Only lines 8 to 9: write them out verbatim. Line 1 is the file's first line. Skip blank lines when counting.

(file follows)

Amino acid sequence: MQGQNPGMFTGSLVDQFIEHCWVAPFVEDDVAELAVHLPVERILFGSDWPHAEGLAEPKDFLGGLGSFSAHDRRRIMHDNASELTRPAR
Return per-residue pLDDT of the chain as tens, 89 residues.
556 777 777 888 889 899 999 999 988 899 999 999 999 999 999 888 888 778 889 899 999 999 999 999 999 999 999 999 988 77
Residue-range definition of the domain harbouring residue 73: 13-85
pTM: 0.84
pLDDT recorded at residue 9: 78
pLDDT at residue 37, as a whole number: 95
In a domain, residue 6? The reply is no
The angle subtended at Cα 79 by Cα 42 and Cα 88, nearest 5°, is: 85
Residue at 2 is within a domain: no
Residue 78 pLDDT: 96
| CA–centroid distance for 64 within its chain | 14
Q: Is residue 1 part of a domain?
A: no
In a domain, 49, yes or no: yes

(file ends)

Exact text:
In a domain, residue 6? The reply is no
The angle subtended at Cα 79 by Cα 42 and Cα 88, nearest 5°, is: 85